“Separately, [the Iraqi government] must also delink the security process from acquisition of civil documentation,” Destro said. This, he said, would allow IDPs to gain access to health and education services while they await their security clearance, and prevent yet another generation of Iraqis from becoming disenfranchised and susceptible to extremism. Destro warned that if IDPs have no hope of leaving their mostly squalid living conditions, these camps could become breeding grounds for extremism.
Back to ‘Step Zero’ on Women’s Rights
As Iraq has grappled with political and economic crises, and, more recently, the COVID-19 pandemic, women’s rights have fallen by the wayside, said Susan Aref, director of Women Empowerment Organization in Erbil, Iraq.
In October 2000, the United Nations Security Council adopted Resolution 1325, which acknowledged the importance of women in the prevention and resolution of conflicts. “We cannot say because we have a national action plan for the U.N. Security Council Resolution it means we are responding to women’s needs and achieving peace and security,” said Aref. “Unfortunately, we are heading backwards in terms of women’s rights and peace and security.”
What’s more, she added, the women’s agenda has become politicized, by women. While quotas have allowed a greater representation of women in political bodies, these women are focused on implementing their parties’ agenda at the cost of women’s rights, said Aref.
Minority women, meanwhile, are suffering the effects of the atrocities committed by ISIS. The stigma associated with reporting incidents of sexual violence has meant that women’s ability to find jobs and justice has been severely hampered, said Aref.
Aref suggested that the perspective of female minorities and survivors of sexual violence is needed at the table in order to change laws in a way that benefits society. Peace will be out of reach if women and minorities are marginalized, she said, adding, “So, no peace with no rights.”
She also emphasized the need to institutionalize women’s rights. In the absence of this, she said, “we are back to step zero” with every new government.
Lack of Trust in the Judicial System
Many Iraqis do not trust their judicial system. This is especially true for women brutalized by ISIS, said Warda.
The Trump administration has been working to improve the judicial process in Iraq. “As Iraqis move their country forward, the United States [and the State Department’s Bureau of Democracy, Human Rights, and Labor] will continue to provide support that helps protect and empower minority populations in Iraq,” said Destro.
A Need for Reconciliation
USIP has been supporting minority communities in Iraq for a decade. This support has been redoubled over the past six years as these communities struggle to recover from genocide, said Lindborg.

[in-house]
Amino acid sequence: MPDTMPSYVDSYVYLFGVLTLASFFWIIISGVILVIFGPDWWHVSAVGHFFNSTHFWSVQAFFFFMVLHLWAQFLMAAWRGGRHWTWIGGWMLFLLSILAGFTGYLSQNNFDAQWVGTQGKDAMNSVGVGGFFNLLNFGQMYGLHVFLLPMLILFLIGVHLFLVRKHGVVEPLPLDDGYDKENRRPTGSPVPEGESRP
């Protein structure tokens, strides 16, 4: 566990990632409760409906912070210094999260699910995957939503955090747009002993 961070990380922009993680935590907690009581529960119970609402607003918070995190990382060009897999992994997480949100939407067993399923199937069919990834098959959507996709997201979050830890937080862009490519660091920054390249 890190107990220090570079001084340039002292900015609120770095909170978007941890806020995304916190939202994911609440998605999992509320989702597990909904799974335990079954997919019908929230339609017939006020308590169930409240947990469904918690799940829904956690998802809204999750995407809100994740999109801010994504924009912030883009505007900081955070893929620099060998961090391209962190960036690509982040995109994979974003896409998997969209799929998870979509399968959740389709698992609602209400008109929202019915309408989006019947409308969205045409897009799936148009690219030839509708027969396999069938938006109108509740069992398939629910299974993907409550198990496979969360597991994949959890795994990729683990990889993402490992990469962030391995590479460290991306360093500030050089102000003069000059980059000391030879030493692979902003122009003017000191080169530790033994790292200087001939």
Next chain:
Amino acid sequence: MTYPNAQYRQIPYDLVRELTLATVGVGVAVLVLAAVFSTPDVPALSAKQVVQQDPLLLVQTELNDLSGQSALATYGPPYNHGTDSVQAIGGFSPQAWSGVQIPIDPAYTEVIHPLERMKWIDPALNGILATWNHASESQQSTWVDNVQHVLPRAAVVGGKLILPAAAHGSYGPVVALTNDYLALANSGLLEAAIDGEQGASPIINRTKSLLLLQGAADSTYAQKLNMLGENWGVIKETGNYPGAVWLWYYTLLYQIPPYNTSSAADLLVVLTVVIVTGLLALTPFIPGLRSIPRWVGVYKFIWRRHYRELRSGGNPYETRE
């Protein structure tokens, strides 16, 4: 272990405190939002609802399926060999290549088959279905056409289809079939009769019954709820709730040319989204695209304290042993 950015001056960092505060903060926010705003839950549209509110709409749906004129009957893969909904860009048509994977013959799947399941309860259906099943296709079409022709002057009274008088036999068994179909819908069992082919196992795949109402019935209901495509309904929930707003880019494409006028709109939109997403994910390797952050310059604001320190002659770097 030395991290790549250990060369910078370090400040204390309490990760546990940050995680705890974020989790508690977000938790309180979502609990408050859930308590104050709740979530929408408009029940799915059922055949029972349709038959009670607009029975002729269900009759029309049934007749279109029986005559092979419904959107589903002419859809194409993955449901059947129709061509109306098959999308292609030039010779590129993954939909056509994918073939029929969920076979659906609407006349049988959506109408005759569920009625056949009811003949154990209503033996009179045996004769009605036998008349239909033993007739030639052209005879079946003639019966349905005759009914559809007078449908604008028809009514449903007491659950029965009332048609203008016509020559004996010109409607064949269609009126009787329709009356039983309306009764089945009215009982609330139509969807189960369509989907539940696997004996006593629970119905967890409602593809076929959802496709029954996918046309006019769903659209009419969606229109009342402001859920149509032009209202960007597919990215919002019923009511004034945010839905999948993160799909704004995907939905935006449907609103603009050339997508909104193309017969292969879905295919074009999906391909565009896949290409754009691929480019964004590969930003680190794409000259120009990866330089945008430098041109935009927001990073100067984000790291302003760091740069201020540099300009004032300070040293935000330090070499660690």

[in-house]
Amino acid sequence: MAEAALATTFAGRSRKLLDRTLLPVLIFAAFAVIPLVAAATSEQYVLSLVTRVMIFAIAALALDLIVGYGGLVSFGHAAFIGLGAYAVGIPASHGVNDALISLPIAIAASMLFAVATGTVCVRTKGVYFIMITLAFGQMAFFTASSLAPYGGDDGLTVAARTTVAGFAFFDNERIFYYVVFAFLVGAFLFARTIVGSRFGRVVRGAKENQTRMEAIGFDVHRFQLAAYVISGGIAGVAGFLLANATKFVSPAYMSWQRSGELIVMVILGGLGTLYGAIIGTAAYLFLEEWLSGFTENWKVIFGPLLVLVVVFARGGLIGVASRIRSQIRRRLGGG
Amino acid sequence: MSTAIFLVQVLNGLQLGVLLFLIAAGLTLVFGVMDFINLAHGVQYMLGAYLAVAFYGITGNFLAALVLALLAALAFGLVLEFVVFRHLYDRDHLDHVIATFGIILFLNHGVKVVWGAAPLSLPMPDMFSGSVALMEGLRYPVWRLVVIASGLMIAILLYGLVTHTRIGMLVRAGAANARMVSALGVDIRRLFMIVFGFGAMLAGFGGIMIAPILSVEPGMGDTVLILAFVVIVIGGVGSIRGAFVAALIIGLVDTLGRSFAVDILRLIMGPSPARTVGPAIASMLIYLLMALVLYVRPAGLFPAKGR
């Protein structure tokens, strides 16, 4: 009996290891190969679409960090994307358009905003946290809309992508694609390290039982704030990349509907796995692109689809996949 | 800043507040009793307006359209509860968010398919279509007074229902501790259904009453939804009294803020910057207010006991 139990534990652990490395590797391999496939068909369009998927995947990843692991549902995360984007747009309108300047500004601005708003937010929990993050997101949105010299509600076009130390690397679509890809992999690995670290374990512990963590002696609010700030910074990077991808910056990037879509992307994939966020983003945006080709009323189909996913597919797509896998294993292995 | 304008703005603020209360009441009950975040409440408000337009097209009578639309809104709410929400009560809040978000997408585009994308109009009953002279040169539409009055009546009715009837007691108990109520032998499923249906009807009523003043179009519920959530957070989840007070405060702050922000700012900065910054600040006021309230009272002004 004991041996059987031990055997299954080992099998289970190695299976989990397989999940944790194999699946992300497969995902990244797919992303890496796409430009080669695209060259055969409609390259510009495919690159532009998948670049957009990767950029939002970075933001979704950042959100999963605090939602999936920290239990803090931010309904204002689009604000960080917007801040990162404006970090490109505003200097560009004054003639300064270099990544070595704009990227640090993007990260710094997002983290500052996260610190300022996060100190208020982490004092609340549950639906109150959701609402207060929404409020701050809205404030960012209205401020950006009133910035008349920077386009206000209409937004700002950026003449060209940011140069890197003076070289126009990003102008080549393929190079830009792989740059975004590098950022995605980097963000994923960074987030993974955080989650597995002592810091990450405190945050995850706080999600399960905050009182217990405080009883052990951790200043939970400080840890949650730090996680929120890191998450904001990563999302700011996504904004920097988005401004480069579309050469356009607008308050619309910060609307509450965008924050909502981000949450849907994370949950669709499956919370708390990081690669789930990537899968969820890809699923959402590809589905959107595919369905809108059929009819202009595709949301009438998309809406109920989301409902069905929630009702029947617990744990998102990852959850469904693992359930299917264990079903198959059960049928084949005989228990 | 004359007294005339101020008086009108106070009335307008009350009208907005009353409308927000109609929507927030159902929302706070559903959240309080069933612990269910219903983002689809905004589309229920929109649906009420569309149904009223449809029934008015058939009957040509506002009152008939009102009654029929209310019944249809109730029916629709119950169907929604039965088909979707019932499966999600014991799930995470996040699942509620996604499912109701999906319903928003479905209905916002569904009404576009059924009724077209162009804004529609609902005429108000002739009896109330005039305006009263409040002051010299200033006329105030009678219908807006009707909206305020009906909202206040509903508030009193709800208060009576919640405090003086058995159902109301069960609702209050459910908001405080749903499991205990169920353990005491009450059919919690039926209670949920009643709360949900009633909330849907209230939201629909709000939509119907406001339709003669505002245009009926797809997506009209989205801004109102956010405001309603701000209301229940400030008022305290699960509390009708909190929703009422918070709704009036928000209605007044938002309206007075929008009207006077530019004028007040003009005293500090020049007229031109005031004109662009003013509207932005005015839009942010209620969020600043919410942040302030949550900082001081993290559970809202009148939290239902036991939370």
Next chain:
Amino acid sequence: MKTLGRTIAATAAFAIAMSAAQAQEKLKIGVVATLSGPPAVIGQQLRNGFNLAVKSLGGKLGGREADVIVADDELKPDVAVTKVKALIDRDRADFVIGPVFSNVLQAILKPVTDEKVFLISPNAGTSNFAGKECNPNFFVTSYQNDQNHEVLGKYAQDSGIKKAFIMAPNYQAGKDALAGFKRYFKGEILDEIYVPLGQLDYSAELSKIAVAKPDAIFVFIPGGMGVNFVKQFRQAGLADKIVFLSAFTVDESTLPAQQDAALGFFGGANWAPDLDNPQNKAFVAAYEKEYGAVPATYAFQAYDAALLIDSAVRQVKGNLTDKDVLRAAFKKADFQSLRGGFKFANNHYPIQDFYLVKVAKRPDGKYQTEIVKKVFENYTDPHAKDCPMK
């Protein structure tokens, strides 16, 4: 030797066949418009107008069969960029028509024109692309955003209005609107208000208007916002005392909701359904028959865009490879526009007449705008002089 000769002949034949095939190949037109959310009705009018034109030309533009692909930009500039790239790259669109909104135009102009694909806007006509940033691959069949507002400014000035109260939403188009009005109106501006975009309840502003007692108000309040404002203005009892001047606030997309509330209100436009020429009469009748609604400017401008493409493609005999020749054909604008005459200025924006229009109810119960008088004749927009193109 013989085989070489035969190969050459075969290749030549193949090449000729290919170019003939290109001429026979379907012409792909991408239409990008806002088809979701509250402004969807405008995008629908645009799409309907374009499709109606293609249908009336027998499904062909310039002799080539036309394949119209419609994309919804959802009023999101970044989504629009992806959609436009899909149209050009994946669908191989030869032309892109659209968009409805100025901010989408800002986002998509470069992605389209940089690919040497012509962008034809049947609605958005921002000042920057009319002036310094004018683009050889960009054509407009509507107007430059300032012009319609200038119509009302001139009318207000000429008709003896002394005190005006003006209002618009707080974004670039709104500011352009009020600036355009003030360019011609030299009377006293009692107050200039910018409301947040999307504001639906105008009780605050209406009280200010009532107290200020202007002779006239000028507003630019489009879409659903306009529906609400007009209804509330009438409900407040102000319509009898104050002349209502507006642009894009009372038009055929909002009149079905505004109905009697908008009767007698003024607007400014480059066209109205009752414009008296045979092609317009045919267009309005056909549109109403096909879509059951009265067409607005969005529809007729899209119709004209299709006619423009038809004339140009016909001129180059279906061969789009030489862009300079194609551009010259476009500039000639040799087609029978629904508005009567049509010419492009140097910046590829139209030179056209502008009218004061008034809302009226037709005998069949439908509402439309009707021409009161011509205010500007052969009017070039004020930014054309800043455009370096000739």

USIP developed the CSMF to gather data from Iraqis in conflict-affected areas in Nineveh province to inform policymakers and programs, promote social cohesion, and mitigate the potential for violent conflict. “The findings from this framework confirm that reconciliation is still very much needed and it is challenged by the very unique barriers to social cohesion that exist in and between these communities,” said Lindborg.
Destro acknowledged the invaluable contribution of the CSMF data. Gharizi said besides an improved sense of security among minorities, the data reveal minorities’ grievance with governance and a need for reconciliation.
A lack of governance has resulted in certain minority communities—Christians in Hamdaniya and Yazidis in Sinjar—to demand representation in local governing bodies. “They feel that more representation will equal better governance outcomes,” Gharizi explained.
Across the board, minority communities believe that reconciliation is needed, but Christians in Hamdaniya and Yazidis in Sinjar do not feel it is possible and cite various challenges, including perceived power imbalances and a lack of political will, said Gharizi.
Neglect by successive governments has led to mistrust among the minority communities in Iraq. “Many minority communities feel that the state has ignored their suffering,” said Gharizi.
Iraq’s new government will have to build this trust. Warda suggested it can do this by ensuring security and the rule of law with help from the United States and picking professional security personnel from local communities to build a sense of safety.
In June, the United States and Iraq conducted a strategic dialogue in Baghdad. The two governments said in a statement that they had “reaffirmed the importance of the strategic relationship and their determination to take appropriate steps to enhance it in the interest of both countries and to achieve security, stability, and prosperity in the region.”
Warda said the Iraqi government must also address economic stagnation and the shortage of essential services. The international community can help implement economic and service programs, and construct and maintain cultural sites, he suggested.
“What is needed now is to encourage people to return and to build trust,” said Warda. “If we cannot build trust the people will not return.”